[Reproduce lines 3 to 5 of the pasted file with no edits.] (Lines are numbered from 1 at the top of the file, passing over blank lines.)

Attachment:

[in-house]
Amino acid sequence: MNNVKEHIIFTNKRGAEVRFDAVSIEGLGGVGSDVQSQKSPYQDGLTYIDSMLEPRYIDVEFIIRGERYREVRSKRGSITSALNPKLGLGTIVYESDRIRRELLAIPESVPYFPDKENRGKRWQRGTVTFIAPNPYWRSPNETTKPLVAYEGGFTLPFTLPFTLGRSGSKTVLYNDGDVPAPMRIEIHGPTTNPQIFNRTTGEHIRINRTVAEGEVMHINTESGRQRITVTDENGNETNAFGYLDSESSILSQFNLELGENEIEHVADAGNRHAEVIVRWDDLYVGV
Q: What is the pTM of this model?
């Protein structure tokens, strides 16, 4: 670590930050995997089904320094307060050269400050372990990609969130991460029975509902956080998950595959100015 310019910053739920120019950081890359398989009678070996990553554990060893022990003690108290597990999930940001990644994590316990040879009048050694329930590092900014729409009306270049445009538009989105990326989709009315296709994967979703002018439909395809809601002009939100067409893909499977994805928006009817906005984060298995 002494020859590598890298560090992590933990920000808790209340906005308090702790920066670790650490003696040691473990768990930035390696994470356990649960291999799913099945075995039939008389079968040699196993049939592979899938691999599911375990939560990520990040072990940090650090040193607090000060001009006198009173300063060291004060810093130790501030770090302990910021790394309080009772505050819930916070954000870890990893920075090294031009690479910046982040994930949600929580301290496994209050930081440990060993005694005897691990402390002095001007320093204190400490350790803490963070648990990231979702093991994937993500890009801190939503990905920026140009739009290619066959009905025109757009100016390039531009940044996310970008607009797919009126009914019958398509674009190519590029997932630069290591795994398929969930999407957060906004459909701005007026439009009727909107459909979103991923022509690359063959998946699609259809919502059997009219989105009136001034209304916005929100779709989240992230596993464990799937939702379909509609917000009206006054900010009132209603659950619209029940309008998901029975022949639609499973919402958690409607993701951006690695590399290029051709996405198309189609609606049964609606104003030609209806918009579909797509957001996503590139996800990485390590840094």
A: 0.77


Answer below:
Q: What is the pTM of this model?
């Protein structure tokens, strides 16, 4: 670590930050995997089904320094307060050269400050372990990609969130991460029975509902956080998950595959100015 310019910053739920120019950081890359398989009678070996990553554990060893022990003690108290597990999930940001990644994590316990040879009048050694329930590092900014729409009306270049445009538009989105990326989709009315296709994967979703002018439909395809809601002009939100067409893909499977994805928006009817906005984060298995 002494020859590598890298560090992590933990920000808790209340906005308090702790920066670790650490003696040691473990768990930035390696994470356990649960291999799913099945075995039939008389079968040699196993049939592979899938691999599911375990939560990520990040072990940090650090040193607090000060001009006198009173300063060291004060810093130790501030770090302990910021790394309080009772505050819930916070954000870890990893920075090294031009690479910046982040994930949600929580301290496994209050930081440990060993005694005897691990402390002095001007320093204190400490350790803490963070648990990231979702093991994937993500890009801190939503990905920026140009739009290619066959009905025109757009100016390039531009940044996310970008607009797919009126009914019958398509674009190519590029997932630069290591795994398929969930999407957060906004459909701005007026439009009727909107459909979103991923022509690359063959998946699609259809919502059997009219989105009136001034209304916005929100779709989240992230596993464990799937939702379909509609917000009206006054900010009132209603659950619209029940309008998901029975022949639609499973919402958690409607993701951006690695590399290029051709996405198309189609609606049964609606104003030609209806918009579909797509957001996503590139996800990485390590840094």
A: 0.77